‘ORPHEUS’; Legacy of Domination

‘ORPHEUS’; Legacy of Domination

The New York Times

Michael Hanchard, Professor of Political Science and African American Studies
Johns Hopkins University, Baltimore, Maryland

To the Editor:

In his observations about the differences in the Brazilian and foreign receptions of two very distinct cinematic renditions of the Orpheus tale [“Orpheus, Rising From Caricature,” Aug. 20], Caetano Veloso makes a number of larger, insightful points about the intense processes of creolization in Brazilian popular culture, which confound easy labels like ”global” and ”local” as well as ”authentic” and ”pure.”

Two points raised by Mr. Veloso are in tension, however, with his advocacy of what he has called ”subversive Pan-Americanism.” First, Mr. Veloso seemingly abides by a key tenet of Gilberto Freyre’s views about Brazilian race relations, one that equates miscegenation with ”racial democracy.” Although Mr. Veloso rightly acknowledges that ideas of whitening are not peculiar to Brazil, he does not mention the effects of such ideologies on darker-skinned African-descended people in Brazil and elsewhere in the Americas—which, in the case of someone like Michael Jackson (whom Mr. Veloso mentions), are more than a case of playful hybridity.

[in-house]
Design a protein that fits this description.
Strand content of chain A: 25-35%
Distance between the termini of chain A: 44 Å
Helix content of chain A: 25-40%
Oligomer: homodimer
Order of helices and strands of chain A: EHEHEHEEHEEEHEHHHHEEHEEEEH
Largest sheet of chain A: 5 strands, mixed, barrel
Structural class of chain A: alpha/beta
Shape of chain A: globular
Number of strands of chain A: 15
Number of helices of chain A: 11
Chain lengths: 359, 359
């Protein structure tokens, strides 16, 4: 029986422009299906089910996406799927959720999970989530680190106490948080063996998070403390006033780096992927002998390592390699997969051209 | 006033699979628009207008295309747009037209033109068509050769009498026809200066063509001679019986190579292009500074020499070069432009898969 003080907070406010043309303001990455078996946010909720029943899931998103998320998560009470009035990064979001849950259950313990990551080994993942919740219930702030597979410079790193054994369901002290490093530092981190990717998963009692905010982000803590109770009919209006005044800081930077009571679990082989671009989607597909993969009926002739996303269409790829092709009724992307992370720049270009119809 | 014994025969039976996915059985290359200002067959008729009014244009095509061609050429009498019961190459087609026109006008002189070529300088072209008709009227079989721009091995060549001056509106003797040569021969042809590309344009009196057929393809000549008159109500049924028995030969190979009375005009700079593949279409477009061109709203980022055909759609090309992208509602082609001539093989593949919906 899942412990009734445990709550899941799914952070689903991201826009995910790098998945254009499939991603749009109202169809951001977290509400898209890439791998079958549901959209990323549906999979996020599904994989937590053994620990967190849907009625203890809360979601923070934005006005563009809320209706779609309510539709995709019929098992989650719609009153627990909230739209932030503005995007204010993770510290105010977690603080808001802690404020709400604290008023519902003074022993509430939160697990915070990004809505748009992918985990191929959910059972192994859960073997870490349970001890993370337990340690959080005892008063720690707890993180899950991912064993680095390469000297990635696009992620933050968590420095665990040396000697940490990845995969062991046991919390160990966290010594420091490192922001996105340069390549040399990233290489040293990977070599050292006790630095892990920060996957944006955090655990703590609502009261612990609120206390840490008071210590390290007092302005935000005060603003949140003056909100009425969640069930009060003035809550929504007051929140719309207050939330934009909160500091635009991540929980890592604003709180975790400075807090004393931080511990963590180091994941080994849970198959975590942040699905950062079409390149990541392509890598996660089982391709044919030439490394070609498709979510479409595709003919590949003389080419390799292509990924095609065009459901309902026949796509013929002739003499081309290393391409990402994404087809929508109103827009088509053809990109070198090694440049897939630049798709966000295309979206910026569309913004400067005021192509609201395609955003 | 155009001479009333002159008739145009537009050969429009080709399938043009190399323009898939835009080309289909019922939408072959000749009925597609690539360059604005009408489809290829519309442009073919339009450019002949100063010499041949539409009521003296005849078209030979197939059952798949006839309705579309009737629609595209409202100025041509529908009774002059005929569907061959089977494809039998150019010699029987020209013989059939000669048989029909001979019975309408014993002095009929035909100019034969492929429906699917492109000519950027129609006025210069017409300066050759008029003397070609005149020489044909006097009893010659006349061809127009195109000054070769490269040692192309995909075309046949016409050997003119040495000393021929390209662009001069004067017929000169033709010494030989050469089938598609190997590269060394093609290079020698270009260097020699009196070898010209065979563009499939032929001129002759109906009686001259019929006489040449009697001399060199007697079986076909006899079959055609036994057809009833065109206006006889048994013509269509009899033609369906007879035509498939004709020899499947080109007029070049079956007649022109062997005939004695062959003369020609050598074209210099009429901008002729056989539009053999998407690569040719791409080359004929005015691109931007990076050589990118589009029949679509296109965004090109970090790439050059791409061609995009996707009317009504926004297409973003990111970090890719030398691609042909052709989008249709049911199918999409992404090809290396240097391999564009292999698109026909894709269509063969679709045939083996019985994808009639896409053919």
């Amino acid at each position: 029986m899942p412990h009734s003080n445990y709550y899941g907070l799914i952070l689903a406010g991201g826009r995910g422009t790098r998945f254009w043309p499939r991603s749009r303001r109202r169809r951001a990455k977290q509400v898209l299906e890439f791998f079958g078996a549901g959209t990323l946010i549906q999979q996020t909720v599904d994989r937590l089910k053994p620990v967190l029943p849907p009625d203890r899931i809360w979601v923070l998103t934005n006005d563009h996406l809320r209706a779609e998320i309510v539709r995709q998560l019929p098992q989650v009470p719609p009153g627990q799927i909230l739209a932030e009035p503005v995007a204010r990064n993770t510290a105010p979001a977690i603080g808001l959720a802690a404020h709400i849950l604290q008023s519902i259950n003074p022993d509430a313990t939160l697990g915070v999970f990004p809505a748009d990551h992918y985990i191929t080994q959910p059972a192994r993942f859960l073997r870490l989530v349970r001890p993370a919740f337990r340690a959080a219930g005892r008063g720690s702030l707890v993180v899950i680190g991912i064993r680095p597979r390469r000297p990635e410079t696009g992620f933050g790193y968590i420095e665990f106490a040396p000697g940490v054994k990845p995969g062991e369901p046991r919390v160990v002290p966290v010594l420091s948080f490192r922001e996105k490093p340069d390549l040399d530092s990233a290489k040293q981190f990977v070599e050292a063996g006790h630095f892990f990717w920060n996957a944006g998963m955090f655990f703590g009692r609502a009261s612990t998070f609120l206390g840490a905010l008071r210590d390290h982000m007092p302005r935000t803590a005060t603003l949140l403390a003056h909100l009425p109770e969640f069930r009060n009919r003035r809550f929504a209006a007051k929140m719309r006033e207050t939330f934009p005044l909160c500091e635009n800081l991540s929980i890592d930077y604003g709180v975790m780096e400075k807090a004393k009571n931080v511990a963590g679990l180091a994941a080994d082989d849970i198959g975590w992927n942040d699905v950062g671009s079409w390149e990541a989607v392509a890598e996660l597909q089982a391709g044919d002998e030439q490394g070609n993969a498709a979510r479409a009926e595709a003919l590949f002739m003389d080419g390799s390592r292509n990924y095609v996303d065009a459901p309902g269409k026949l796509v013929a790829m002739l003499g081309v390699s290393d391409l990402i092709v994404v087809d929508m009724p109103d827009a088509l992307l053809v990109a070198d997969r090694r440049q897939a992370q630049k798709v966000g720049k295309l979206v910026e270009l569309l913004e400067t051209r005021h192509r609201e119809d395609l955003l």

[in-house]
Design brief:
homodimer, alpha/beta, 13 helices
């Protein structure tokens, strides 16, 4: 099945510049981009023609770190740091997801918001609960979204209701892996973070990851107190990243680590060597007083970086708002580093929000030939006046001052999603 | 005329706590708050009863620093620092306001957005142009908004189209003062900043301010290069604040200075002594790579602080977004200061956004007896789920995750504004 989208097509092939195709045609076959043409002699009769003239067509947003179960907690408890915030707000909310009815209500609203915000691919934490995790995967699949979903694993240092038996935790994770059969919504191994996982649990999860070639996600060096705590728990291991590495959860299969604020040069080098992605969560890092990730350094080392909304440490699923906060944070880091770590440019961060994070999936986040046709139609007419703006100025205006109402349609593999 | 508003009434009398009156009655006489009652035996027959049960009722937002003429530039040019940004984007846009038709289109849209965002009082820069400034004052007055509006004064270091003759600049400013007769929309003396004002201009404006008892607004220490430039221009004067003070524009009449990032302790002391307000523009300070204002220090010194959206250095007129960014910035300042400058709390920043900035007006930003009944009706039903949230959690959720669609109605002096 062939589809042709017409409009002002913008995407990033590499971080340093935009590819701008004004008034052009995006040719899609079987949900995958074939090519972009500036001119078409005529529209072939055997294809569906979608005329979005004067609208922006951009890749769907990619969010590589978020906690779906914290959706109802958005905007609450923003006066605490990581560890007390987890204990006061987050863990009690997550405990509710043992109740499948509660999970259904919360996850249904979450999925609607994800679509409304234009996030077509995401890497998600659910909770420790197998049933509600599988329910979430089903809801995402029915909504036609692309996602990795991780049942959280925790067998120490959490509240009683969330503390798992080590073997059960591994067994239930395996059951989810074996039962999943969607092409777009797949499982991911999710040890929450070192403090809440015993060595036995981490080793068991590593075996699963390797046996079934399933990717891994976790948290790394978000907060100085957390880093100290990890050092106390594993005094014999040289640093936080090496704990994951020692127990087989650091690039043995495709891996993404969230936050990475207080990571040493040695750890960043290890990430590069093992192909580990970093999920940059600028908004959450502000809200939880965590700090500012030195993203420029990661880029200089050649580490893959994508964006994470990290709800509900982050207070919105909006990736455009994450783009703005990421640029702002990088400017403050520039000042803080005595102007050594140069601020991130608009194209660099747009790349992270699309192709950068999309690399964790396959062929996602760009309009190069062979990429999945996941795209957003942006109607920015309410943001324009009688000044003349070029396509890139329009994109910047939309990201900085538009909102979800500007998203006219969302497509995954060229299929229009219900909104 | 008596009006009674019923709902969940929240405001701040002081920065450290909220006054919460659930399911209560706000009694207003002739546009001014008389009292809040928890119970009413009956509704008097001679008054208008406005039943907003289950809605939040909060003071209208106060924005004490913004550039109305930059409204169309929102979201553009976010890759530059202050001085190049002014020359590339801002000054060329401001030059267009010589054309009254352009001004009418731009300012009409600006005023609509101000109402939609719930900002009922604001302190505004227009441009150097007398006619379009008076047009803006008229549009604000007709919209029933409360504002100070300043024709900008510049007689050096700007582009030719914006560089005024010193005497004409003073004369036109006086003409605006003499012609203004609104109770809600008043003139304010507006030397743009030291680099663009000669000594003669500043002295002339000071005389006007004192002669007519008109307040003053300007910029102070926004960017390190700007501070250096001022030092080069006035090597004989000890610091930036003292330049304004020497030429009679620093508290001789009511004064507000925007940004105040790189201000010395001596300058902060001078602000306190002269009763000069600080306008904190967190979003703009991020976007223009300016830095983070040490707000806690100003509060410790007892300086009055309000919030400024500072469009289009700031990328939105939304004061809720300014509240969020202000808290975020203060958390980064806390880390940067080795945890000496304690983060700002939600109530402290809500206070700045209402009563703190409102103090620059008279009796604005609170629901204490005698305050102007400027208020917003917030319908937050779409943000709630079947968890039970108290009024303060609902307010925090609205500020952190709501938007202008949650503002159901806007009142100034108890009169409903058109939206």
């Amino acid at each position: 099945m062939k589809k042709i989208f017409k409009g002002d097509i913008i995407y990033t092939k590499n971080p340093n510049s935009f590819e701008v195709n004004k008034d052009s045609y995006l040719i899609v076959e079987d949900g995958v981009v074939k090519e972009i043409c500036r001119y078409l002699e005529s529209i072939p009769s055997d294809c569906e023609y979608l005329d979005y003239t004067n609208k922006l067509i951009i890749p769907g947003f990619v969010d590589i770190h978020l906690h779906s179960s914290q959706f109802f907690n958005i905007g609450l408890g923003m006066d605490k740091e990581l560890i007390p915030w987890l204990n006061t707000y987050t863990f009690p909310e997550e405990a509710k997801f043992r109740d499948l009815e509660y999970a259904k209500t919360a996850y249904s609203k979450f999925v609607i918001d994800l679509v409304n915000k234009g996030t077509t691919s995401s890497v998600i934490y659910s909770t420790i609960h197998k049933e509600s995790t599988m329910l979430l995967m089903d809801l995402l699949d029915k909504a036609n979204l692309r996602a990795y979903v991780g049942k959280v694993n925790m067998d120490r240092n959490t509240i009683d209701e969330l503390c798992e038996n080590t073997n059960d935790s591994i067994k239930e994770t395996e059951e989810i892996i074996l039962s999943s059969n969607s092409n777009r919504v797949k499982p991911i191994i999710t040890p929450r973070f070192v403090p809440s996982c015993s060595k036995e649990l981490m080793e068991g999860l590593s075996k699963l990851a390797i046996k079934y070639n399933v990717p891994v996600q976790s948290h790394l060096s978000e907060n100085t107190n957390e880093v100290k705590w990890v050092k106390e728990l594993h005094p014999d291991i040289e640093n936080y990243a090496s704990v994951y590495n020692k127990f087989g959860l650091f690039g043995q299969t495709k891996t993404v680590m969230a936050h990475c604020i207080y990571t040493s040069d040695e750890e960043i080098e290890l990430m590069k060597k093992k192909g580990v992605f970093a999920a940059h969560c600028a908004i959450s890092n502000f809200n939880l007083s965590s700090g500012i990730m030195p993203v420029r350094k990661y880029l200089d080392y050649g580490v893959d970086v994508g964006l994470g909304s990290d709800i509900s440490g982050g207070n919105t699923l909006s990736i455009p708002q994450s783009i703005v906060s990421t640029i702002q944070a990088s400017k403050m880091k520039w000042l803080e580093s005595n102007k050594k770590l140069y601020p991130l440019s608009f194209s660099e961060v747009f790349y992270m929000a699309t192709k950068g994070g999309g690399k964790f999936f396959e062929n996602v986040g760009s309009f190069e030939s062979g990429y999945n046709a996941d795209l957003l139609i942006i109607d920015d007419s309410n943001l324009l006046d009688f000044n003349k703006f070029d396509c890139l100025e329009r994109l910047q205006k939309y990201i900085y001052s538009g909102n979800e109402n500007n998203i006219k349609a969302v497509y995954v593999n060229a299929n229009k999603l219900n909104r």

Like Gilberto Freyre, Mr. Veloso seems to be suggesting that miscegenation leads to racial tolerance, whereas hypodescent (the one-drop rule) does not. If one were to apply Mr. Veloso’s premise, that racial miscegenation equals racial democracy, to race relations in the United States, South Africa or Haiti, then the fact of miscegenation would have helped engender societies that were more tolerant of alleged racial differences among their populations. It did not.

The point here is that miscegenation, in Brazil and in other former slave-holding societies, began as acts of dominance and not as an egalitarian principle that led to the erosion of unequal relations. It is important to remember that the etymological origin of the term miscegenation (as well as mulatto, by the way) is to ”mis-mate,” or mate badly. In Brazil, the celebration of miscegenation has occurred simultaneously in national popular culture and mythology with terminology that denigrates darker-skinned Brazilians, while upholding Northern European ideals of feminine and masculine beauty. Thus, miscegenation cannot be considered outside the lens of power and aesthetics…

Read the entire letter here.

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